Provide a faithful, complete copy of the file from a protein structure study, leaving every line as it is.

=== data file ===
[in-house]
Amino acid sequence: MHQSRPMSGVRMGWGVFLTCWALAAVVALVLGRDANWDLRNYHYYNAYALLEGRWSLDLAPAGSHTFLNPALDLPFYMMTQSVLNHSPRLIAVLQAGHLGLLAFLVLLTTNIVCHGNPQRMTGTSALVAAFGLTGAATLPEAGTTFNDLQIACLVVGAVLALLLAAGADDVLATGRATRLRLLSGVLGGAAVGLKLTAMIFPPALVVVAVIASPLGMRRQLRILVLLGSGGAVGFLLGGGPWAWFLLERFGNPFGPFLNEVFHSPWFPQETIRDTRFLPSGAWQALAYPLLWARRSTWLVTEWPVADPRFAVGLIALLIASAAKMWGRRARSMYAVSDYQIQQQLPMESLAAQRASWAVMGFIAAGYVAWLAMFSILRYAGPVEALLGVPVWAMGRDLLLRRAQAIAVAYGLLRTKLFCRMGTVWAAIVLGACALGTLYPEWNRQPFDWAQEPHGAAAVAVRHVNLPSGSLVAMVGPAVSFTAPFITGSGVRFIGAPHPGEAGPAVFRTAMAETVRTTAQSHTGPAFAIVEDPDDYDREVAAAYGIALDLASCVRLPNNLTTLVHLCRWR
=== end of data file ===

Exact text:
[in-house]
Amino acid sequence: MHQSRPMSGVRMGWGVFLTCWALAAVVALVLGRDANWDLRNYHYYNAYALLEGRWSLDLAPAGSHTFLNPALDLPFYMMTQSVLNHSPRLIAVLQAGHLGLLAFLVLLTTNIVCHGNPQRMTGTSALVAAFGLTGAATLPEAGTTFNDLQIACLVVGAVLALLLAAGADDVLATGRATRLRLLSGVLGGAAVGLKLTAMIFPPALVVVAVIASPLGMRRQLRILVLLGSGGAVGFLLGGGPWAWFLLERFGNPFGPFLNEVFHSPWFPQETIRDTRFLPSGAWQALAYPLLWARRSTWLVTEWPVADPRFAVGLIALLIASAAKMWGRRARSMYAVSDYQIQQQLPMESLAAQRASWAVMGFIAAGYVAWLAMFSILRYAGPVEALLGVPVWAMGRDLLLRRAQAIAVAYGLLRTKLFCRMGTVWAAIVLGACALGTLYPEWNRQPFDWAQEPHGAAAVAVRHVNLPSGSLVAMVGPAVSFTAPFITGSGVRFIGAPHPGEAGPAVFRTAMAETVRTTAQSHTGPAFAIVEDPDDYDREVAAAYGIALDLASCVRLPNNLTTLVHLCRWR